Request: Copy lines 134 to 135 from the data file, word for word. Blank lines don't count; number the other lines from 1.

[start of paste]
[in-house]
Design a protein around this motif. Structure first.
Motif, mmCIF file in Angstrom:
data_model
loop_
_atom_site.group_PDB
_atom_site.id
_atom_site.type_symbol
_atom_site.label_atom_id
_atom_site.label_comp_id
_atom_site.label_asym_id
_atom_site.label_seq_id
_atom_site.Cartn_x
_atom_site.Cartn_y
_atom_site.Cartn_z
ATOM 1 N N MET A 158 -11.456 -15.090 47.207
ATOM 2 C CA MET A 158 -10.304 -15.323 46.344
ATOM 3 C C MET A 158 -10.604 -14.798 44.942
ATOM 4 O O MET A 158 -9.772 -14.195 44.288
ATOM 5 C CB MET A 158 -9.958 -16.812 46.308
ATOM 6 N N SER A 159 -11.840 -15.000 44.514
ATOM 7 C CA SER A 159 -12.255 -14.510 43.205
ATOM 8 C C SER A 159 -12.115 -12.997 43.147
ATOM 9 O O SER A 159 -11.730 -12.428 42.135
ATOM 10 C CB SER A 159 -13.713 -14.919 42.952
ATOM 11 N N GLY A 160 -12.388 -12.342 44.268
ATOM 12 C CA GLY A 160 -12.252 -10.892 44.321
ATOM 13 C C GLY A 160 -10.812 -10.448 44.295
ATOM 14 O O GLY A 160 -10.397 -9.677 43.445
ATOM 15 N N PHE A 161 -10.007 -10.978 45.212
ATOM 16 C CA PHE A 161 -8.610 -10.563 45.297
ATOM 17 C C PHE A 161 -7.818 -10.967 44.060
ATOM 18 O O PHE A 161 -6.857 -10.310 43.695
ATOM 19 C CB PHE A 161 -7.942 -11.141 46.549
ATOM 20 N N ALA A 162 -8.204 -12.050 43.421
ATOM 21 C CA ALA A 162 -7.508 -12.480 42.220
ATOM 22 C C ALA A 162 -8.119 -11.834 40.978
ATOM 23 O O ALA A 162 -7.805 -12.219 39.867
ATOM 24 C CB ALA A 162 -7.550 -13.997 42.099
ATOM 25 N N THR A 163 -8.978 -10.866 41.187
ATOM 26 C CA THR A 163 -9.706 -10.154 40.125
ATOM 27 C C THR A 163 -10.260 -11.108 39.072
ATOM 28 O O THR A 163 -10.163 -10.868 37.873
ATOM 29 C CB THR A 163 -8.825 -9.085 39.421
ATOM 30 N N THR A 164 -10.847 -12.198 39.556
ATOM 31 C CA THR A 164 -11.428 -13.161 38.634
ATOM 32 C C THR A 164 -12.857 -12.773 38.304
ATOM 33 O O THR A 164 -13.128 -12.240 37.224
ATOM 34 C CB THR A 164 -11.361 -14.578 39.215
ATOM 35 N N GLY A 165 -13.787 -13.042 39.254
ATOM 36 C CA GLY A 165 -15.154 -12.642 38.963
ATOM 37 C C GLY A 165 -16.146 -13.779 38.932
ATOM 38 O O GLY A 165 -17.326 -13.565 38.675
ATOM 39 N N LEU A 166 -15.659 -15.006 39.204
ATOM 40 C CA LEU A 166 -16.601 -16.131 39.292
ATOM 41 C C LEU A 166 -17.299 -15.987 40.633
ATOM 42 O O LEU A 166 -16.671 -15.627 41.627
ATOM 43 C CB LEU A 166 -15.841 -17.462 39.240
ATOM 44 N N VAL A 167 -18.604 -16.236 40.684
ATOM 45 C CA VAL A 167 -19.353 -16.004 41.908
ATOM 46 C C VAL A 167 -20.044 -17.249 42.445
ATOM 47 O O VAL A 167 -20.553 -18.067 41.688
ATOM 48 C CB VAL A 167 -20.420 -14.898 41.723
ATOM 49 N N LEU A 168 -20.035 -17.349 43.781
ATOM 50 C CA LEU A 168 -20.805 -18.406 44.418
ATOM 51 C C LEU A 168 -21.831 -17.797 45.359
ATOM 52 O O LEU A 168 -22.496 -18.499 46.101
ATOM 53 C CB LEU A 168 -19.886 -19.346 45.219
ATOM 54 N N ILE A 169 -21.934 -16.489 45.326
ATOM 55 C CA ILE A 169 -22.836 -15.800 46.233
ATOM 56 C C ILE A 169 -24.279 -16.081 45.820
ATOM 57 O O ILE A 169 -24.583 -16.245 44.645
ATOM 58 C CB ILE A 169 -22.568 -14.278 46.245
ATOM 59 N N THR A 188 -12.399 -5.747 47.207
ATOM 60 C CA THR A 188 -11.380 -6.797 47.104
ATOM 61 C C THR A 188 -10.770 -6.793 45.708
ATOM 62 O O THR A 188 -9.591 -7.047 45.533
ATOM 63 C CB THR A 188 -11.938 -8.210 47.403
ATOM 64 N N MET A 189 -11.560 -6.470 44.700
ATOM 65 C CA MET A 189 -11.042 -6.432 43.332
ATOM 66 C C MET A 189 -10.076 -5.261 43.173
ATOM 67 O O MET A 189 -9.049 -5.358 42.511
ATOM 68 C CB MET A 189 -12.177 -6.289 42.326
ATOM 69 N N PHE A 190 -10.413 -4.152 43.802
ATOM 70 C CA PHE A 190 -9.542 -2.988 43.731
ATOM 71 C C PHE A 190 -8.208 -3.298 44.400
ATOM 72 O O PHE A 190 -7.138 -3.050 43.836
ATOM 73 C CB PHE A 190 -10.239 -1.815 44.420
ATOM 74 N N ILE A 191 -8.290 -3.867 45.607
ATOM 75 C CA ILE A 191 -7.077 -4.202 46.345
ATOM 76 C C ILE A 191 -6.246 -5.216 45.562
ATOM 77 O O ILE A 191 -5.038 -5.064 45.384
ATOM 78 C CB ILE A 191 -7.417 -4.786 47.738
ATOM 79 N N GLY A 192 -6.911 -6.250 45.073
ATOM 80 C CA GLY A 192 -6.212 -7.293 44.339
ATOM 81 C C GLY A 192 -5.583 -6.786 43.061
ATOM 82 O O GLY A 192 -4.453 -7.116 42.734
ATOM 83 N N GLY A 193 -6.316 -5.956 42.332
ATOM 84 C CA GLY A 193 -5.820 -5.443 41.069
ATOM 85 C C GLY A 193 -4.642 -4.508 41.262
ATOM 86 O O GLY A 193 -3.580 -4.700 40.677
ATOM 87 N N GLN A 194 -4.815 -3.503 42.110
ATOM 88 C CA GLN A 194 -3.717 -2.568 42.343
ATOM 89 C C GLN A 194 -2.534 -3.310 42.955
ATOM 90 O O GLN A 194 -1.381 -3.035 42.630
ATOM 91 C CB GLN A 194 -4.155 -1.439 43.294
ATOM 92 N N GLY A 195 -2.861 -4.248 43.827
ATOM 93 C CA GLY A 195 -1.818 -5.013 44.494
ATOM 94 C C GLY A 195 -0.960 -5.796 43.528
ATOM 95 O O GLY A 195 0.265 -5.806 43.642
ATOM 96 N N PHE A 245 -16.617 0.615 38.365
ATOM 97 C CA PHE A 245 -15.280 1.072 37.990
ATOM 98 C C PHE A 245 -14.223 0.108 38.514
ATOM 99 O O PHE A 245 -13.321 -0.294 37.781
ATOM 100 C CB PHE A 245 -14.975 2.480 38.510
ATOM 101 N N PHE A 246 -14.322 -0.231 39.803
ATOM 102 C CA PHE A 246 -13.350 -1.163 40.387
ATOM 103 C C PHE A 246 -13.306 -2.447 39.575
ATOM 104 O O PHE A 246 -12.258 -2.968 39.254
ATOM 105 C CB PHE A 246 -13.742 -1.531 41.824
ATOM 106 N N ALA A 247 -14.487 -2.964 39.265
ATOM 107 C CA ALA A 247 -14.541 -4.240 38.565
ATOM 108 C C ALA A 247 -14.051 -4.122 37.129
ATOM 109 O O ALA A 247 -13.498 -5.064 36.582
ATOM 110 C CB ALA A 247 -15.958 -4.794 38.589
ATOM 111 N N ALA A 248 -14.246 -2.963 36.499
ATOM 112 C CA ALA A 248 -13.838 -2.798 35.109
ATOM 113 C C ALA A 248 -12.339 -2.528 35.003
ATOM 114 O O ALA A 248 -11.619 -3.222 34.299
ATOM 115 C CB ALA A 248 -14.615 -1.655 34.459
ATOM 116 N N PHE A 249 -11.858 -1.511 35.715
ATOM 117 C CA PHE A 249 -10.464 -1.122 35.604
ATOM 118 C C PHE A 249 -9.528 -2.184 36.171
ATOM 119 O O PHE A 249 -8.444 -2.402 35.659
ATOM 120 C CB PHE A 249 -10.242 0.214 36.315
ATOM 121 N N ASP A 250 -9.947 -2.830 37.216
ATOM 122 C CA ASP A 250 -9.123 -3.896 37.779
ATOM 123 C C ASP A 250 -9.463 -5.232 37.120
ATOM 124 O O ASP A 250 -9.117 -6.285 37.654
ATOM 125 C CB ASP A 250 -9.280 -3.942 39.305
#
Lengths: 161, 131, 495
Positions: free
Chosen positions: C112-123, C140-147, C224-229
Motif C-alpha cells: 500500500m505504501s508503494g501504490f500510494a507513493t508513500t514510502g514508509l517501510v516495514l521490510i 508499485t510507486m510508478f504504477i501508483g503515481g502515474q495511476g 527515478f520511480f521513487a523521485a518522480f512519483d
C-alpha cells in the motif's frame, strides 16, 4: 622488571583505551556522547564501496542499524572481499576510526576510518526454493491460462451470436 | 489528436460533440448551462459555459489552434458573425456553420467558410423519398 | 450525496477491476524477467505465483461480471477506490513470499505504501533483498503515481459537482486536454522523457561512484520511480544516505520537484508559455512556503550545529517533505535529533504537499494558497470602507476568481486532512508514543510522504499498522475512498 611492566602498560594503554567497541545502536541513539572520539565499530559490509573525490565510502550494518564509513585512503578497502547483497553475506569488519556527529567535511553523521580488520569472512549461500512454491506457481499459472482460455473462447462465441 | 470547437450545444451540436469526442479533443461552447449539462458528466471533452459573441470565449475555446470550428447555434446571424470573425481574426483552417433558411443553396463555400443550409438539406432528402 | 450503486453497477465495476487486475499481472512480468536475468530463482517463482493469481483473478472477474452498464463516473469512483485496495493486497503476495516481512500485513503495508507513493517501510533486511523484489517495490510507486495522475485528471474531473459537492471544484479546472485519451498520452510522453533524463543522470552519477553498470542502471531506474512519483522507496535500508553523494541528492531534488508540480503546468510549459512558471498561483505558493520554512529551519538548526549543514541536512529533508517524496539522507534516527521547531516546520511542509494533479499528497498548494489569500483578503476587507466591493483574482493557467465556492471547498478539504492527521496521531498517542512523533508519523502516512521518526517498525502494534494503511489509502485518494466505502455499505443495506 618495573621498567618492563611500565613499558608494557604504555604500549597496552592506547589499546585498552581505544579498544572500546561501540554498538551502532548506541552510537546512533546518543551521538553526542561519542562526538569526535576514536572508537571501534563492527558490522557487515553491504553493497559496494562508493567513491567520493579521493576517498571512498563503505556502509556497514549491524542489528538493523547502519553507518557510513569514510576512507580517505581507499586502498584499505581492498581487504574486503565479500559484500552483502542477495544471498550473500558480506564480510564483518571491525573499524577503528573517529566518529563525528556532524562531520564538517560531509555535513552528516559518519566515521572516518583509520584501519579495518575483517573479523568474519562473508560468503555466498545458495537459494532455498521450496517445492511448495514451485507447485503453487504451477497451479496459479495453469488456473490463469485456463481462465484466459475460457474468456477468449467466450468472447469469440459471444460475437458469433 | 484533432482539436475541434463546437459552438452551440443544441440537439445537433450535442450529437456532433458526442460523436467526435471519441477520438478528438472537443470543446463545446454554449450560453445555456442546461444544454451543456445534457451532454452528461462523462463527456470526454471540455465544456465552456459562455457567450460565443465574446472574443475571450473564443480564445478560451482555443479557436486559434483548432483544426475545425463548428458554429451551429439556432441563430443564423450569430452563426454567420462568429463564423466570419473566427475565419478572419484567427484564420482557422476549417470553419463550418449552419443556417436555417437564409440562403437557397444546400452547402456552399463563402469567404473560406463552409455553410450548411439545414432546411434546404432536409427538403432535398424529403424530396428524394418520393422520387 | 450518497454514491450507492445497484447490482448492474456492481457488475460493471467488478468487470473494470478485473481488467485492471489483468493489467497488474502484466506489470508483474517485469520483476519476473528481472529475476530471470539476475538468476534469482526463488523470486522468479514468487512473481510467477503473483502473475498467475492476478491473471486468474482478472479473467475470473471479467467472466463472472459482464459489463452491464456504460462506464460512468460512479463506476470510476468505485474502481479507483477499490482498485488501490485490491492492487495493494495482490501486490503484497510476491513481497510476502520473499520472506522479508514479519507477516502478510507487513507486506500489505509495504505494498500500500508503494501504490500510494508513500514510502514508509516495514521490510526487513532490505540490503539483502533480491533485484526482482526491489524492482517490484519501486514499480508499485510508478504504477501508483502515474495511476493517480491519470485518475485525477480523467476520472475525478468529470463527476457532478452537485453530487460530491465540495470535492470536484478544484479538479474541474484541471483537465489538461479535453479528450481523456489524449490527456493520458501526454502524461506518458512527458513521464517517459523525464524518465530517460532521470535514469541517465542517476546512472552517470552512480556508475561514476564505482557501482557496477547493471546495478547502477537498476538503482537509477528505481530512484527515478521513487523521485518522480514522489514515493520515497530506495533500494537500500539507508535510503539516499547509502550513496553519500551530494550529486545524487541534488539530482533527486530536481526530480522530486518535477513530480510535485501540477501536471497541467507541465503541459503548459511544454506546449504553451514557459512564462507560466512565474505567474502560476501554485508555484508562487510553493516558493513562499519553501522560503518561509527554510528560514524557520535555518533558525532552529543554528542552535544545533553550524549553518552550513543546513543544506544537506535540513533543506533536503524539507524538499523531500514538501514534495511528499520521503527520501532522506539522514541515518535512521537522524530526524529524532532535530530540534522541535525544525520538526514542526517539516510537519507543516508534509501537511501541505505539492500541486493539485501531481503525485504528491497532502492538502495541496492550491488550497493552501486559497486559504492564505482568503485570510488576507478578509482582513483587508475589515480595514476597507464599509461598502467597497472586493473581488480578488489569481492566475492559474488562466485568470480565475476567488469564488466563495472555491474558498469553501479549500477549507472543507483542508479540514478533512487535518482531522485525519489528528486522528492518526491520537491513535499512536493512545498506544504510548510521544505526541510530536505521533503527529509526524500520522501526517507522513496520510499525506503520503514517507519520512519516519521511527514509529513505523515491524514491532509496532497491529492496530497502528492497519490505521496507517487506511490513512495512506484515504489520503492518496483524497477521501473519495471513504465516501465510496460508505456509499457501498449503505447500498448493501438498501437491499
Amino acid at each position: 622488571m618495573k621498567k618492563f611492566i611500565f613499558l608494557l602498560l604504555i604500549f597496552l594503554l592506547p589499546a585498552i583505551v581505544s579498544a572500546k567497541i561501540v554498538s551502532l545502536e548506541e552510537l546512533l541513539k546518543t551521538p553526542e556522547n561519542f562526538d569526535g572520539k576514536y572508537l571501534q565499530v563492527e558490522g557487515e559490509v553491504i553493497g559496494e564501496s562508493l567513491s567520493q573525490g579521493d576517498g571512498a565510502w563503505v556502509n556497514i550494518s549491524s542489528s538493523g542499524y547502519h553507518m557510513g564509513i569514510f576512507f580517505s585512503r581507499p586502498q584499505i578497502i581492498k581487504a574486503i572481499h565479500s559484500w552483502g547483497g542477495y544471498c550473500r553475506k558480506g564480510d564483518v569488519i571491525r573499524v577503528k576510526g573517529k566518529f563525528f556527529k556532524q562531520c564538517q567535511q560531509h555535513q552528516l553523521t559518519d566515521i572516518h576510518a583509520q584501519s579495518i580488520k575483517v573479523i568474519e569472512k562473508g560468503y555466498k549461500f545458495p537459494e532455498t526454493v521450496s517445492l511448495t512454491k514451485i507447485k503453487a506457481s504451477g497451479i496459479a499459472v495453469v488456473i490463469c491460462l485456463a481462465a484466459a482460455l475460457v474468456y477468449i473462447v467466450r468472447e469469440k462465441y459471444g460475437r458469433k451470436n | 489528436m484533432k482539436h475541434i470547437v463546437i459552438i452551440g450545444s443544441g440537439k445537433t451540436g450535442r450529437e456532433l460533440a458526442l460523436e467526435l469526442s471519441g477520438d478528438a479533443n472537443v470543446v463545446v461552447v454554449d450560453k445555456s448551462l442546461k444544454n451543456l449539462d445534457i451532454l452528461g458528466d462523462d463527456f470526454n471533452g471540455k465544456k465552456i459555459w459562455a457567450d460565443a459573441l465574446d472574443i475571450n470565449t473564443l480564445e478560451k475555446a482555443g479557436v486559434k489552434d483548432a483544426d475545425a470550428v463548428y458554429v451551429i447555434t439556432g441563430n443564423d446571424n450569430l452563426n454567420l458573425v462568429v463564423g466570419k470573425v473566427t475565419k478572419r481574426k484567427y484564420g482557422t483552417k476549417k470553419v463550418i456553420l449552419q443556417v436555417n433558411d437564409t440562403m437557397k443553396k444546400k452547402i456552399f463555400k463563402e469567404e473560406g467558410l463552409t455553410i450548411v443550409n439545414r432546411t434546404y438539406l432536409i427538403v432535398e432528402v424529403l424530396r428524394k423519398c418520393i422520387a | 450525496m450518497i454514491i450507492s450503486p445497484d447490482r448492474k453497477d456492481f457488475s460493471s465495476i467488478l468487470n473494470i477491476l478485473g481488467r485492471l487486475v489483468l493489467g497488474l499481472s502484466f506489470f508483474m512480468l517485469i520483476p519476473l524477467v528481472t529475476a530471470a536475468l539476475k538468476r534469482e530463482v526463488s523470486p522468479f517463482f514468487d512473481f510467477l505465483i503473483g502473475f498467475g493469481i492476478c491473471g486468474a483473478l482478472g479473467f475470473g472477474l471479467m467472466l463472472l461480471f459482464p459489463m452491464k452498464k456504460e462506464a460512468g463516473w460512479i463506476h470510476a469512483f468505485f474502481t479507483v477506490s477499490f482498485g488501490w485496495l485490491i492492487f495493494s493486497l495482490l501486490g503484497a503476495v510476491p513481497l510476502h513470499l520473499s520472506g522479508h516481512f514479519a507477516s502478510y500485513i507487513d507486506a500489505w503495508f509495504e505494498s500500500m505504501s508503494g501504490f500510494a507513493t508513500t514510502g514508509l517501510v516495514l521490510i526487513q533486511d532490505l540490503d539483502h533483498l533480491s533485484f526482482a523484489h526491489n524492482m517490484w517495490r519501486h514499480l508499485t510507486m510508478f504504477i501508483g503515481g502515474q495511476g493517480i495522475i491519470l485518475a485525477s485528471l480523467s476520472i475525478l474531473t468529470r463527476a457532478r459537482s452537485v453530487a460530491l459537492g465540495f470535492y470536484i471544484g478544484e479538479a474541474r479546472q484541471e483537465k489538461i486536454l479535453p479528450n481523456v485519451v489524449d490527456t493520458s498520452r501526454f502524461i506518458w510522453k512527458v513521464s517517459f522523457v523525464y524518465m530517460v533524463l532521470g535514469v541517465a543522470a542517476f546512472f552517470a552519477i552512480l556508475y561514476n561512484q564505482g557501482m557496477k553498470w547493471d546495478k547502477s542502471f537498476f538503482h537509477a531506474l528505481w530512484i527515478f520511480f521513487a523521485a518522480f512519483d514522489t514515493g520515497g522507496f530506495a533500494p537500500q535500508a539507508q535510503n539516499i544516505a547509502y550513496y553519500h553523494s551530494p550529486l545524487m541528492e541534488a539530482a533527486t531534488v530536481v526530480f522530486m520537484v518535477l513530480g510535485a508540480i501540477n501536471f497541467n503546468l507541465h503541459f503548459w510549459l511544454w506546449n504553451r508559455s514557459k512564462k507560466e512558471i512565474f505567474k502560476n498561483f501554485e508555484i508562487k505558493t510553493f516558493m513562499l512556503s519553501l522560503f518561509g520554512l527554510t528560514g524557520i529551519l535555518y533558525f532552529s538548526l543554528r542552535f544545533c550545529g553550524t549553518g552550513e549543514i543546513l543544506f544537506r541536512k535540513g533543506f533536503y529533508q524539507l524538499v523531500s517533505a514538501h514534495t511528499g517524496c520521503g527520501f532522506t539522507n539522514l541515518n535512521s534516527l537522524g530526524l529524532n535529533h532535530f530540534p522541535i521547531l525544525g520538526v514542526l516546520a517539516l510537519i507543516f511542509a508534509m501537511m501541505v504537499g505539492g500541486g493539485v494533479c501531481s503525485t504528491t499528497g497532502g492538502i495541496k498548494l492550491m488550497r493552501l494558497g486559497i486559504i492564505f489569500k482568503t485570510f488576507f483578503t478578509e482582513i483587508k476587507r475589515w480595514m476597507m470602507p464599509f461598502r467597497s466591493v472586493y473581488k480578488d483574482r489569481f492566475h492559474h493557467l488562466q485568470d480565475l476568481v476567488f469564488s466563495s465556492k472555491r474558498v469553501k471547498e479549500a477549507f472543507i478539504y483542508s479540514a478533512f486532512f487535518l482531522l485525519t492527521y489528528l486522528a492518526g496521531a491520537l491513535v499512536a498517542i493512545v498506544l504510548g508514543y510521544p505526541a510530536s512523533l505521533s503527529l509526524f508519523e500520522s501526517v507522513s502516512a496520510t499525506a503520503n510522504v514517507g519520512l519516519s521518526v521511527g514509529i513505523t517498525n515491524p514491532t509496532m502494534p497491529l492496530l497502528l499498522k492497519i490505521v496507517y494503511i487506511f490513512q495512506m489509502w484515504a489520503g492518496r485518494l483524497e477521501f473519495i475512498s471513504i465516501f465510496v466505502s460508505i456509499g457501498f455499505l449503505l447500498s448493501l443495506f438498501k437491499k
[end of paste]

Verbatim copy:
ATOM 119 O O PHE A 249 -8.444 -2.402 35.659
ATOM 120 C CB PHE A 249 -10.242 0.214 36.315